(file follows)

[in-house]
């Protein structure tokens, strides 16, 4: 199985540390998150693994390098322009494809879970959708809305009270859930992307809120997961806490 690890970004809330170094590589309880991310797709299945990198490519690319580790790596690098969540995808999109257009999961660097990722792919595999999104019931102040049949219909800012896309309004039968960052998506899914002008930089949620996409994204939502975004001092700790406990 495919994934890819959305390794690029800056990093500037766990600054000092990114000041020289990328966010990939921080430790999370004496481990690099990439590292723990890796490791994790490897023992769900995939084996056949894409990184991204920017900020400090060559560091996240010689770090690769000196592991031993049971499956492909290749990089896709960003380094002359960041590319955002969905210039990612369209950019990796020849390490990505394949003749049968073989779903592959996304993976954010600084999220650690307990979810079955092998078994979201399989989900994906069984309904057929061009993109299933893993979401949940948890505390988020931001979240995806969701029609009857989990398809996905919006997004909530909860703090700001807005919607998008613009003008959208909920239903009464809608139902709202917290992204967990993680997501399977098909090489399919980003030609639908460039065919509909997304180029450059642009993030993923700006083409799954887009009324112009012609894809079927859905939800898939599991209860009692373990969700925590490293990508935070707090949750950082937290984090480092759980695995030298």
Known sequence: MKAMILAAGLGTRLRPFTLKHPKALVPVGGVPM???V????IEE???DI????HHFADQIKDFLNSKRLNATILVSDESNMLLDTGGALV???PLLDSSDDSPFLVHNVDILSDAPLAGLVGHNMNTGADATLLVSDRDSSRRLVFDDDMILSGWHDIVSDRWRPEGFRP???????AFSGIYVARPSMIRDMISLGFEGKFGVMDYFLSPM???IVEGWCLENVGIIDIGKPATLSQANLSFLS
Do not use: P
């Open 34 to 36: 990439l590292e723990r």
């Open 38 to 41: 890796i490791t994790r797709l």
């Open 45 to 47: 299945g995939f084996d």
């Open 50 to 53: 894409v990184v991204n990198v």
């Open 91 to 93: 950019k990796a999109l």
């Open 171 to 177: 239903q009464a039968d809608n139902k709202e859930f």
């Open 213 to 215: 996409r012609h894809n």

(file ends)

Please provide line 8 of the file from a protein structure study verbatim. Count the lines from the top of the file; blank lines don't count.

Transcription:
């Open 50 to 53: 894409v990184v991204n990198v």